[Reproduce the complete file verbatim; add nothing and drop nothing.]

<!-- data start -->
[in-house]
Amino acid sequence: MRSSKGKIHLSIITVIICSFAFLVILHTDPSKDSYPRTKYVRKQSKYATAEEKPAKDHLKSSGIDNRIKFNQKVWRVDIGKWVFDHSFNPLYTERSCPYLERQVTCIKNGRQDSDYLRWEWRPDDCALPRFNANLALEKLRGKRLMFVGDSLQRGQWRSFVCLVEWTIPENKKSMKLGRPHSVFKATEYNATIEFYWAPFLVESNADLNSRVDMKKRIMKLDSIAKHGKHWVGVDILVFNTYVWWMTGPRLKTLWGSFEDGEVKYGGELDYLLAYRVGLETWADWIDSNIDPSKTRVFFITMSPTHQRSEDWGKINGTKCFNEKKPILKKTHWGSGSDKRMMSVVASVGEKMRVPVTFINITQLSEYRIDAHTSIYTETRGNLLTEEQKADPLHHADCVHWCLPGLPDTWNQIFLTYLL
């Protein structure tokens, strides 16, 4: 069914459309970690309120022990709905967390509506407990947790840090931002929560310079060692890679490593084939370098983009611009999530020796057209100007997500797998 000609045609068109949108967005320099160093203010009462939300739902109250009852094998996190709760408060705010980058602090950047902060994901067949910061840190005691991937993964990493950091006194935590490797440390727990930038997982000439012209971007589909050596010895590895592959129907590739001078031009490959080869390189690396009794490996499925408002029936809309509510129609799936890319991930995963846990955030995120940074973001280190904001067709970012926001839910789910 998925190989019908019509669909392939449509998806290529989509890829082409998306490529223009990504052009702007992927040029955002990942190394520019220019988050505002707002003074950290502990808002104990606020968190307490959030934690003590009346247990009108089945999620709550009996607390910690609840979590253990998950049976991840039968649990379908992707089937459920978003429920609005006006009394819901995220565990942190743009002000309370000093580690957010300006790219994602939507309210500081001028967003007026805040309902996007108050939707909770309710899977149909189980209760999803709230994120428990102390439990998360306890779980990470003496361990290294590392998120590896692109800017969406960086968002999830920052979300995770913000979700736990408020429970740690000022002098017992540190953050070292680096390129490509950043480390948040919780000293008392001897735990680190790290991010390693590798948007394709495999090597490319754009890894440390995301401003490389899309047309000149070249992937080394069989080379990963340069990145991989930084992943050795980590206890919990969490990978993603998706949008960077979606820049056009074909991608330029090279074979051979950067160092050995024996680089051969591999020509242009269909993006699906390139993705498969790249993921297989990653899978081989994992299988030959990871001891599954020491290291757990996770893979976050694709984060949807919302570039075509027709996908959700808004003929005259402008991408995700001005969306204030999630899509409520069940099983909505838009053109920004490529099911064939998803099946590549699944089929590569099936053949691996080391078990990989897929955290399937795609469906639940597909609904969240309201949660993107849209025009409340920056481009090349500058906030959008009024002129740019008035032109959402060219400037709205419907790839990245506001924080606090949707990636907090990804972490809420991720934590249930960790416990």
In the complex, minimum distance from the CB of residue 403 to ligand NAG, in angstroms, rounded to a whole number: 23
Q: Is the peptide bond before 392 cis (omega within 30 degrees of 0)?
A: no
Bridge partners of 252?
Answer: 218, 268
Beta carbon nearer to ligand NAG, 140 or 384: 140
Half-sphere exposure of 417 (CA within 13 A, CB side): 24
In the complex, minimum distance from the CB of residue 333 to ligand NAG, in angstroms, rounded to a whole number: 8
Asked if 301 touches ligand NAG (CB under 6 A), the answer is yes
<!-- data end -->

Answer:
[in-house]
Amino acid sequence: MRSSKGKIHLSIITVIICSFAFLVILHTDPSKDSYPRTKYVRKQSKYATAEEKPAKDHLKSSGIDNRIKFNQKVWRVDIGKWVFDHSFNPLYTERSCPYLERQVTCIKNGRQDSDYLRWEWRPDDCALPRFNANLALEKLRGKRLMFVGDSLQRGQWRSFVCLVEWTIPENKKSMKLGRPHSVFKATEYNATIEFYWAPFLVESNADLNSRVDMKKRIMKLDSIAKHGKHWVGVDILVFNTYVWWMTGPRLKTLWGSFEDGEVKYGGELDYLLAYRVGLETWADWIDSNIDPSKTRVFFITMSPTHQRSEDWGKINGTKCFNEKKPILKKTHWGSGSDKRMMSVVASVGEKMRVPVTFINITQLSEYRIDAHTSIYTETRGNLLTEEQKADPLHHADCVHWCLPGLPDTWNQIFLTYLL
């Protein structure tokens, strides 16, 4: 069914459309970690309120022990709905967390509506407990947790840090931002929560310079060692890679490593084939370098983009611009999530020796057209100007997500797998 000609045609068109949108967005320099160093203010009462939300739902109250009852094998996190709760408060705010980058602090950047902060994901067949910061840190005691991937993964990493950091006194935590490797440390727990930038997982000439012209971007589909050596010895590895592959129907590739001078031009490959080869390189690396009794490996499925408002029936809309509510129609799936890319991930995963846990955030995120940074973001280190904001067709970012926001839910789910 998925190989019908019509669909392939449509998806290529989509890829082409998306490529223009990504052009702007992927040029955002990942190394520019220019988050505002707002003074950290502990808002104990606020968190307490959030934690003590009346247990009108089945999620709550009996607390910690609840979590253990998950049976991840039968649990379908992707089937459920978003429920609005006006009394819901995220565990942190743009002000309370000093580690957010300006790219994602939507309210500081001028967003007026805040309902996007108050939707909770309710899977149909189980209760999803709230994120428990102390439990998360306890779980990470003496361990290294590392998120590896692109800017969406960086968002999830920052979300995770913000979700736990408020429970740690000022002098017992540190953050070292680096390129490509950043480390948040919780000293008392001897735990680190790290991010390693590798948007394709495999090597490319754009890894440390995301401003490389899309047309000149070249992937080394069989080379990963340069990145991989930084992943050795980590206890919990969490990978993603998706949008960077979606820049056009074909991608330029090279074979051979950067160092050995024996680089051969591999020509242009269909993006699906390139993705498969790249993921297989990653899978081989994992299988030959990871001891599954020491290291757990996770893979976050694709984060949807919302570039075509027709996908959700808004003929005259402008991408995700001005969306204030999630899509409520069940099983909505838009053109920004490529099911064939998803099946590549699944089929590569099936053949691996080391078990990989897929955290399937795609469906639940597909609904969240309201949660993107849209025009409340920056481009090349500058906030959008009024002129740019008035032109959402060219400037709205419907790839990245506001924080606090949707990636907090990804972490809420991720934590249930960790416990």
In the complex, minimum distance from the CB of residue 403 to ligand NAG, in angstroms, rounded to a whole number: 23
Q: Is the peptide bond before 392 cis (omega within 30 degrees of 0)?
A: no
Bridge partners of 252?
Answer: 218, 268
Beta carbon nearer to ligand NAG, 140 or 384: 140
Half-sphere exposure of 417 (CA within 13 A, CB side): 24
In the complex, minimum distance from the CB of residue 333 to ligand NAG, in angstroms, rounded to a whole number: 8
Asked if 301 touches ligand NAG (CB under 6 A), the answer is yes